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cltheel.sdl

Denver and Charlotte Transit and Weather Data

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Hey guys, I'm doing my city planning final paper on the link between public transit ridership and weather to see if there are drastic changes between ridership and weather extremities. I was wondering if you guys would know where I would find daily (or monthly) ridership data for Denver and Charlotte (light rail and/or bus system) as well as weather data so I can plot ridership vs. temp/precip/humidity? I looked on the NOAA site for weather, but I couldn't find the historical data, and I don't know what site to use for Denver and Charlotte transit data. I would really appreciate all your help.

Thanks.

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Whoa! City planning, and you're going to delve into transit? Get ready for a lot of frustration my friend!... :w00t: ...Just kidding. Just keep lots of hard liquor around and you'll be fine. Seriously though, we do need more planners that understand transit.

I can help you some with Denver, but not a lot with Charlotte, although some of these will apply to both. So try these for starters:

RTD-Denver/Reports

Denver Regional Council of Governments

Bureau of Transportation Statistics/Search Filter

APTA~Resource Library

The first two are for Denver's transit agency, RTD, and the MPO, "Dr. Cog". Most of the published stats you get here are very generic, separated by quarters, or months at best -- not very useful for sharpshooting weather events I'm afraid. What I might suggest is that you contact the Public Info people at RTD, tell them exactly what you need, and perhaps they can give you more exacting trend information that isn't put out for public consumption, then you can crosscheck with your NOAA info.

RTD~Public Information Page

The latter two are for the USDOT's BTS search site, and for APTA's resource page which, although membership is required for some search functions through their site, they have some quick links to the outside (including BTS) that can be useful for whatever agency.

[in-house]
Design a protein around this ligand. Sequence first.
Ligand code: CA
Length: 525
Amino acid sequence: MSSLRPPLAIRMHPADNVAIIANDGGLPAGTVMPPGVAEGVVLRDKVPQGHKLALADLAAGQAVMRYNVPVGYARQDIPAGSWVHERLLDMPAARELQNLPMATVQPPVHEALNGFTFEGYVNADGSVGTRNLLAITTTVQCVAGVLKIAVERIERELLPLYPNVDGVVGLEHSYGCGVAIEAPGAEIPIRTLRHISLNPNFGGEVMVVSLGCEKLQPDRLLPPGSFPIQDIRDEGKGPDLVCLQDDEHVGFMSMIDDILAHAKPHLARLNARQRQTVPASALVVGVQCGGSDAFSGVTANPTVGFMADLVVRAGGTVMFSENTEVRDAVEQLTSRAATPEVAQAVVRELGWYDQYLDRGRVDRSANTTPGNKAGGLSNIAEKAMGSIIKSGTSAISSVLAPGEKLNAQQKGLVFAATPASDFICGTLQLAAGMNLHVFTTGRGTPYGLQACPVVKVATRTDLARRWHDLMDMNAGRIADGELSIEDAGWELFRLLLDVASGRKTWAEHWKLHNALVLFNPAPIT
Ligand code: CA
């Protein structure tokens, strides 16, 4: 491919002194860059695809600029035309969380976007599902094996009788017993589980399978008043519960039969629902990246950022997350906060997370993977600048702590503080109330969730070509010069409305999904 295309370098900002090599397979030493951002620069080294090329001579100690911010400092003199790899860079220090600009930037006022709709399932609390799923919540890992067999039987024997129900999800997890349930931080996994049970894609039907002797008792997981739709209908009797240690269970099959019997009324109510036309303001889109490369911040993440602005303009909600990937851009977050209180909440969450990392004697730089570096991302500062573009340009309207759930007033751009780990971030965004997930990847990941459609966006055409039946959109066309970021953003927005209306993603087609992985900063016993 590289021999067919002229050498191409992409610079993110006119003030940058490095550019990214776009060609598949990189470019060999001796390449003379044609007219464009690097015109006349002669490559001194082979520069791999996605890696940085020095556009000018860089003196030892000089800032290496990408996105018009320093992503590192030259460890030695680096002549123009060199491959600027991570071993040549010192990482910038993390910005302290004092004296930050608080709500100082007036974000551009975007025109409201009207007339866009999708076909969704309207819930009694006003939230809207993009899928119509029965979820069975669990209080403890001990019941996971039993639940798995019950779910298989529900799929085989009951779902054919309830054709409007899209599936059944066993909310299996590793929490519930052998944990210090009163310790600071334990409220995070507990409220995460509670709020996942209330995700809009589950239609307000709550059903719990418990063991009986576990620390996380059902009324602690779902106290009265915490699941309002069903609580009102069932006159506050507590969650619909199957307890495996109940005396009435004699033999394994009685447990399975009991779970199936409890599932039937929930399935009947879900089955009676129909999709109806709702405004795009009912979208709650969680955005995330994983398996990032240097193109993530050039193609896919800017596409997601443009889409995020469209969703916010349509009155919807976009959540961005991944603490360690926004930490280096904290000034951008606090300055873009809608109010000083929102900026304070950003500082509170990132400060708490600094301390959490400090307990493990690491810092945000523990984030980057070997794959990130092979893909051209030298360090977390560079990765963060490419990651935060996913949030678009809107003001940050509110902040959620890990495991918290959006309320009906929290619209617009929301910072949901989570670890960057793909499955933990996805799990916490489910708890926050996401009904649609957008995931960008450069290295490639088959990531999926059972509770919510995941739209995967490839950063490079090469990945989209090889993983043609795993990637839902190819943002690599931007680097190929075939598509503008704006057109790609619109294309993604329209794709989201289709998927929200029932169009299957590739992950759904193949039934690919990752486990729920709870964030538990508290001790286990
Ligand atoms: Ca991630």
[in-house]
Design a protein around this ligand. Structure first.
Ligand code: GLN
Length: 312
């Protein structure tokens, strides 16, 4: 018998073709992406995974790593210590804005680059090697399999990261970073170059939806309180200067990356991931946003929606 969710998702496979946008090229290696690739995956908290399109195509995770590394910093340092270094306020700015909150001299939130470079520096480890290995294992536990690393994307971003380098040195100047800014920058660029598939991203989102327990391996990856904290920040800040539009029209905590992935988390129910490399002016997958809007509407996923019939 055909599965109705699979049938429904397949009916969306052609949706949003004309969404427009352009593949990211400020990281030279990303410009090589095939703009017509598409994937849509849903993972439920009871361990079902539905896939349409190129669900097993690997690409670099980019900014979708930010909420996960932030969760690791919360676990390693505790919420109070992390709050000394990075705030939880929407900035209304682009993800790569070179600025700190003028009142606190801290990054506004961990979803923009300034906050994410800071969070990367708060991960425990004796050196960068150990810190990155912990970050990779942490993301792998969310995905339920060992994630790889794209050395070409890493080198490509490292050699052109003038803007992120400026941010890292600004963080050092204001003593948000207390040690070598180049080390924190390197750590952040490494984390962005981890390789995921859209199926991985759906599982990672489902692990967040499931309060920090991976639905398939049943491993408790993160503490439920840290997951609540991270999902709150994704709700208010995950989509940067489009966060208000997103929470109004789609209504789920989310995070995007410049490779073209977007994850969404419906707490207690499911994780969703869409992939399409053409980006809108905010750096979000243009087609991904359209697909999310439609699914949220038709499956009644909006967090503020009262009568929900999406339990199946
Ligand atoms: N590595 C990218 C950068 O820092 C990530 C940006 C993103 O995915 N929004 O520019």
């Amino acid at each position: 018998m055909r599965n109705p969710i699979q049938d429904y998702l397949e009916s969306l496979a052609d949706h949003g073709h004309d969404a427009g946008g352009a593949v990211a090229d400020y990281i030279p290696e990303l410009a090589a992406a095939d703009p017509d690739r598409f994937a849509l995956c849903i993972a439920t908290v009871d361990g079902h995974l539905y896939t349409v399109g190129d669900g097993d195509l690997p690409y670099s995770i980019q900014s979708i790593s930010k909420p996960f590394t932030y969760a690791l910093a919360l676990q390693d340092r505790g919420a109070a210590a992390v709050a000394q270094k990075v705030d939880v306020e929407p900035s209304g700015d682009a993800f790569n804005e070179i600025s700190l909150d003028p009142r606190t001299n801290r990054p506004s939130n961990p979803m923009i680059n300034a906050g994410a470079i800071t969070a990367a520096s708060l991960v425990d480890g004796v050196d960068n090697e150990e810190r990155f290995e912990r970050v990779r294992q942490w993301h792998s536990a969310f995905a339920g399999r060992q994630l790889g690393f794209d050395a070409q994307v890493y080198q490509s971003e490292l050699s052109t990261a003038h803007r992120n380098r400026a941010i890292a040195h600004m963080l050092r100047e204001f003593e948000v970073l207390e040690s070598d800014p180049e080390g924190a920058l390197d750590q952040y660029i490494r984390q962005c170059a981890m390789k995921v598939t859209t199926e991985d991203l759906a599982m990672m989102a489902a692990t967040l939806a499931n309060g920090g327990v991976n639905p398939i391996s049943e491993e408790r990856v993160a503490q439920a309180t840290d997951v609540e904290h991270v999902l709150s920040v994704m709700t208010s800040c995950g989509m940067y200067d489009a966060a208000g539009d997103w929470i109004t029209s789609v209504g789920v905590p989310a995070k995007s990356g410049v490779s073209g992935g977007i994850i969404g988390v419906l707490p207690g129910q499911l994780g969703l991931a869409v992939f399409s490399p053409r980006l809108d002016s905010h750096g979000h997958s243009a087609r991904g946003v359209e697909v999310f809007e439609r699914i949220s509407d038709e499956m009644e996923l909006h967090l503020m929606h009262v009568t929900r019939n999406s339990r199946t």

General trends from Denver, just from my own observation...On LRT there is little variation between rain and clear days with ridership, and virtually no flux in capacity. On snow days, ridership goes up slightly, while capacity is restricted by a small degree due to train glitches (not from mobility, but from systemic delays caused by sticking doors and the occasional switch problem). Denver does not shut down completely, even during blizzard conditions, although the activity level does tend to go down in proportion to the severity of the WX event. LRT tends to maintain a regular schedule, while the bus side is subject to volatility from the traffic grid, as could be expected. If you go through the list of Customer Satisfaction Surveys on the top link, they have some useful demographics, from which you can extrapolate data.

By the way, keep in mind also that RTD's ridership figures spike on special event days (of which there are quite a few considering that LRT serves the venues for the Denver Broncos, the Denver Nuggets, the Colorado Avalanche, the Colorado Rockies plus a whole gaggle of concerts and conventions downtown. So you may need to do some extra crosschecking to get reliable data. In effect, you'll have jam-packed trains to Bronco or Avalanche games even on blizzard or thunderstorm days, while you may have a good number of regulars stick to their cars during a downpour or ultra cold day (like we have now) just to go to work. It's all a question of where you have to go, what the parking there costs, and what's at the other end.

Good luck!

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